A series of acquisitions since then have transferred ownership of what used to be the Connaught Laboratories to the global vaccine business of Sanofi.
In 1913, John G. FitzGerald took up a new role as part-time Associate Professor of Hygiene at the University of Toronto. After becoming one of the youngest graduates of the University of Toronto Medical School in 1903, he had spent a decade pursuing further study across North America and Europe, learning how to make antitoxins and observing novel approaches to public health education, research, and biological manufacture. Around that time, calls had mounted for a "Pasteur Institute" in Toronto following a rabies outbreak in southwestern Ontario, since the only closest-available source of life-saving treatment was in New York. FitzGerald worked with William Fenton to prepare the rabies vaccine. Following the success, they soon moved to tackle the lack of access to the diphtheria antitoxin with a commitment from Ontario's Chief Medical Officer that the Ontario Board of Health would buy the antitoxin at cost and ultimately distribute it for free. The initial work done with a stable of horses in Fenton's backyard proved successful, and in 1914 FitzGerald presented a plan to the Board of Governors of the University of Toronto which included dedicating any proceeds to the improvement of public health and education.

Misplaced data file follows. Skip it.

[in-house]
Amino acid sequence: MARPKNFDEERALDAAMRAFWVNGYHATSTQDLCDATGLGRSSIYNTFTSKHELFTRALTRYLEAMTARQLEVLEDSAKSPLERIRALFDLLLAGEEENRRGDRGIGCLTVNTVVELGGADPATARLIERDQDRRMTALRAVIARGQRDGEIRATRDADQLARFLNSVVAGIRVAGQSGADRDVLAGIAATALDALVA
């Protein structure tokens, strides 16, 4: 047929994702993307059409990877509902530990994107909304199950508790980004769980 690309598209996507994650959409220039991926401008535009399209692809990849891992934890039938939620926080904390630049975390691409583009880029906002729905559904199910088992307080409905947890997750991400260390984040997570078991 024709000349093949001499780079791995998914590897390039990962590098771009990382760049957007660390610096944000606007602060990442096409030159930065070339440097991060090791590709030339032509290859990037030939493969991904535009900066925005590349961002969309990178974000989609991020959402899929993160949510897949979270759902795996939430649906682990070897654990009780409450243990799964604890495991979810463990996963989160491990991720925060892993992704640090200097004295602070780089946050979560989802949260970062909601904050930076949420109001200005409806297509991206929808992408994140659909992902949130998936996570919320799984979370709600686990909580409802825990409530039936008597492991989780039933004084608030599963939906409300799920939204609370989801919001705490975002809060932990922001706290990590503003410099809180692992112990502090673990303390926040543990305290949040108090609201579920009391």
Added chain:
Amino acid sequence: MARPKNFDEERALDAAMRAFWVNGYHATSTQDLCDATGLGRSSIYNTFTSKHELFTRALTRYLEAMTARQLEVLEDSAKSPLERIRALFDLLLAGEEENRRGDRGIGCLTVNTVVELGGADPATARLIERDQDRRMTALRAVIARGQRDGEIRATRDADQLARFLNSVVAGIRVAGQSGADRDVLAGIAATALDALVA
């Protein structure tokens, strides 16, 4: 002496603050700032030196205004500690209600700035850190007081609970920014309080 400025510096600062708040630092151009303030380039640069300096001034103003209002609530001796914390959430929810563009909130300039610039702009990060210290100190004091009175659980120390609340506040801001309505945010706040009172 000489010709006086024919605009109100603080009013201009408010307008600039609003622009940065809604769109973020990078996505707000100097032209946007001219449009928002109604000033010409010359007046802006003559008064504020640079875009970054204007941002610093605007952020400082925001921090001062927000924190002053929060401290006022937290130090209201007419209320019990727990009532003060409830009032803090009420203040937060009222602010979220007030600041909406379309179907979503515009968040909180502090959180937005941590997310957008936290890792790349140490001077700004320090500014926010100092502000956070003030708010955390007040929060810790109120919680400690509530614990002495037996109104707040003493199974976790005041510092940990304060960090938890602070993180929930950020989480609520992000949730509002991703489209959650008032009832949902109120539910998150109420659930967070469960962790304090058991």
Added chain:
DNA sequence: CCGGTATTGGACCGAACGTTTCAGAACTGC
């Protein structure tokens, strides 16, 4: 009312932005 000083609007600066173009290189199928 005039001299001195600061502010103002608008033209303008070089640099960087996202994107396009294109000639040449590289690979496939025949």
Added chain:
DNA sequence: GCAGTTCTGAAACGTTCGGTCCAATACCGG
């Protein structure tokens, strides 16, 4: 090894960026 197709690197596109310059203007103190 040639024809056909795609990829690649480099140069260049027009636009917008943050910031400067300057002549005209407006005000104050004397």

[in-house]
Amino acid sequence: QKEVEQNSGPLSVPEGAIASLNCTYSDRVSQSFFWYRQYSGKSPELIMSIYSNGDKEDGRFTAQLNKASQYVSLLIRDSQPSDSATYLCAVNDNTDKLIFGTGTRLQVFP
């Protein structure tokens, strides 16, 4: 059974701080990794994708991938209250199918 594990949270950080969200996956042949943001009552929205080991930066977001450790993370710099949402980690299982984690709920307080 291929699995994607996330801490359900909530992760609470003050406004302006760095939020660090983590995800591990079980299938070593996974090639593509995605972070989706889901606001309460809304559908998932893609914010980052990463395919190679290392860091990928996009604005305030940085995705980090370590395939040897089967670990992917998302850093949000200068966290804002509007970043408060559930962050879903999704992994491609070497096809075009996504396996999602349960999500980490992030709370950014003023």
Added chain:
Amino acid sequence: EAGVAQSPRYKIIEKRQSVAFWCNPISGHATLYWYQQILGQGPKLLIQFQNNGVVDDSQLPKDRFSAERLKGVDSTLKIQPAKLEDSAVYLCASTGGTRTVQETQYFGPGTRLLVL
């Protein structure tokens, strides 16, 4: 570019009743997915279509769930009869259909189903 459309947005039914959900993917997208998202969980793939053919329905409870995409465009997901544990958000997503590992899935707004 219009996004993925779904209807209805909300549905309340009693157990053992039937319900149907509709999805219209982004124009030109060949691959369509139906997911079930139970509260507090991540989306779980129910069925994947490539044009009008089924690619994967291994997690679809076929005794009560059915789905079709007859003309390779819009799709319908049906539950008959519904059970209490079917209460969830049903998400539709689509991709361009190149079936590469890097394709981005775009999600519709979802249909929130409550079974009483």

Contemporaneously, the institution was likened to the Pasteur Institutes in France and Belgium and the Lister Institute in London. It expanded significantly after the discovery of insulin at the University of Toronto in 1921, manufacturing and distributing insulin at cost in Canada and overseas.